JoVE   
You do not have subscription access to articles in this section. Learn more about access.

  JoVE Biology

  
You do not have subscription access to articles in this section. Learn more about access.

  JoVE Neuroscience

  
You do not have subscription access to articles in this section. Learn more about access.

  JoVE Immunology and Infection

  
You do not have subscription access to articles in this section. Learn more about access.

  JoVE Clinical and Translational Medicine

  
You do not have subscription access to articles in this section. Learn more about access.

  JoVE Bioengineering

  
You do not have subscription access to articles in this section. Learn more about access.

  JoVE Applied Physics

  
You do not have subscription access to articles in this section. Learn more about access.

  JoVE Chemistry

  
You do not have subscription access to articles in this section. Learn more about access.

  JoVE Behavior

  
You do not have subscription access to articles in this section. Learn more about access.

  JoVE Environment

|   

JoVE Science Education

General Laboratory Techniques

You do not have subscription access to videos in this collection. Learn more about access.

Basic Methods in Cellular and Molecular Biology

You do not have subscription access to videos in this collection. Learn more about access.

Model Organisms I

You do not have subscription access to videos in this collection. Learn more about access.

Model Organisms II

You have trial access to videos in this collection until May 31, 2014.

 JoVE Bioengineering

Microfabricated Platforms for Mechanically Dynamic Cell Culture

1,2, 1,2, 1,2,3

1Department of Mechanical and Industrial Engineering, University of Toronto, 2Institute of Biomaterials and Biomedical Engineering, University of Toronto, 3Faculty of Dentistry, University of Toronto

Article
    Downloads Comments Metrics

    You must be subscribed to JoVE to access this content.

    This article is a part of   JoVE Bioengineering. If you think this article would be useful for your research, please recommend JoVE to your institution's librarian.

    Recommend JoVE to Your Librarian

    Current Access Through Your IP Address

    You do not have access to any JoVE content through your current IP address.

    IP: 54.243.12.156, User IP: 54.243.12.156, User IP Hex: 921898140

    Current Access Through Your Registered Email Address

    You aren't signed into JoVE. If your institution subscribes to JoVE, please or create an account with your institutional email address to access this content.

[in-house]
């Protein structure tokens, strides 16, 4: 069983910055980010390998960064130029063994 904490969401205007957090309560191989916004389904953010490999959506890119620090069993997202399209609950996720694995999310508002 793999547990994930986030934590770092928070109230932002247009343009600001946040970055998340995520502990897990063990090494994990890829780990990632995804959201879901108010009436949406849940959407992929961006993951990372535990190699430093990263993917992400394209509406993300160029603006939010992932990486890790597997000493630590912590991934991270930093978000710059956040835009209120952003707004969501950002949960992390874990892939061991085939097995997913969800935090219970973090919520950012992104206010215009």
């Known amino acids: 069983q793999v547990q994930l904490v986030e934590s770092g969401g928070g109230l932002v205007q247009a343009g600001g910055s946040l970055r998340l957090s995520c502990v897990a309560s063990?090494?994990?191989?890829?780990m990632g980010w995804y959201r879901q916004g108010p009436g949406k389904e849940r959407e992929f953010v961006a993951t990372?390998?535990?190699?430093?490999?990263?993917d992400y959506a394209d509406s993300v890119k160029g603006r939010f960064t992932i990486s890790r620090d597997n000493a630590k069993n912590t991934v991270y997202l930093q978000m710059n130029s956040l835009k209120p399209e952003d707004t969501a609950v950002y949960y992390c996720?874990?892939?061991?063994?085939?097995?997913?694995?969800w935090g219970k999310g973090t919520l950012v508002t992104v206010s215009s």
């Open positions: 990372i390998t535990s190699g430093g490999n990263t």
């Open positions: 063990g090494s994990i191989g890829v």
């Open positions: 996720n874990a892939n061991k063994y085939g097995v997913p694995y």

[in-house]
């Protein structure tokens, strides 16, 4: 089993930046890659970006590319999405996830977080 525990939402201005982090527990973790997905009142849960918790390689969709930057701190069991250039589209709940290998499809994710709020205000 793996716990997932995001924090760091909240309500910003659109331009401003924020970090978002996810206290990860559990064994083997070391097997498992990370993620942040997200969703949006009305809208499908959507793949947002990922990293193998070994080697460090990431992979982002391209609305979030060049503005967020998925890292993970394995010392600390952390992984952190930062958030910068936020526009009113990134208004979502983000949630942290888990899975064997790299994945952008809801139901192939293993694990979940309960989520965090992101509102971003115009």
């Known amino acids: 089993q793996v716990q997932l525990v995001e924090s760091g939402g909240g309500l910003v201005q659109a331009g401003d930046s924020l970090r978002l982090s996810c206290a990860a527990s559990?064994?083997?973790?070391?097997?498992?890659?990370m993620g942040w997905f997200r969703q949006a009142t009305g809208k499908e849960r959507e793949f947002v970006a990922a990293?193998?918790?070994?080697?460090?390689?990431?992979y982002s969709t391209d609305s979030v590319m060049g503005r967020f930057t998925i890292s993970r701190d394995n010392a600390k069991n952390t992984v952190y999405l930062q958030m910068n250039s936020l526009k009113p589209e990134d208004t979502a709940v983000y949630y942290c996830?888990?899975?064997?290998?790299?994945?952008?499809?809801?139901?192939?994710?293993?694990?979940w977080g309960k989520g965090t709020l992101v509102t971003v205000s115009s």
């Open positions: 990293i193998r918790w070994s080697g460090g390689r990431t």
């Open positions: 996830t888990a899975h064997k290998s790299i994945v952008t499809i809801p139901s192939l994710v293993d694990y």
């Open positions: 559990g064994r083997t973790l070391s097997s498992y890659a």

Summary

    In this protocol, we demonstrate the fabrication of a microactuator array of vertically displaced posts on which the technology is based, and how this base technology can be modified to conduct high-throughput mechanically dynamic cell culture in both two-dimensional and three-dimensional culture paradigms.

    Date Published: 12/26/2010, Issue 46; doi: 10.3791/2224

    Cite this Article

    Moraes, C., Sun, Y., Simmons, C. A. Microfabricated Platforms for Mechanically Dynamic Cell Culture. J. Vis. Exp. (46), e2224, doi:10.3791/2224 (2010).

    Abstract

    The ability to systematically probe in vitro cellular response to combinations of mechanobiological stimuli for tissue engineering, drug discovery or fundamental cell biology studies is limited by current bioreactor technologies, which cannot simultaneously apply a variety of mechanical stimuli to cultured cells. In order to address this issue, we have developed a series of microfabricated platforms designed to screen for the effects of mechanical stimuli in a high-throughput format. In this protocol, we demonstrate the fabrication of a microactuator array of vertically displaced posts on which the technology is based, and further demonstrate how this base technology can be modified to conduct high-throughput mechanically dynamic cell culture in both two-dimensional and three-dimensional culture paradigms.

    Protocol

    A. Device description and operation

    Devices are fabricated using multilayer soft lithography1 in polydimethylsiloxane (PDMS), and are capable of simultaneously generating a range of mechanical conditions in individual cell culture locations across the microfabricated array. In this protocol, the steps to fabricate an array of pneumatically-actuated microposts are first described, followed by steps to modify the device to enable mechanically dynamic culture in both two-dimensional (2D) and three-dimensional (3D) culture paradigms. The outlined microfabricated approach increases throughput over existing macroscale systems, and is best suited for screening for the effects of a variety of mechanical conditions.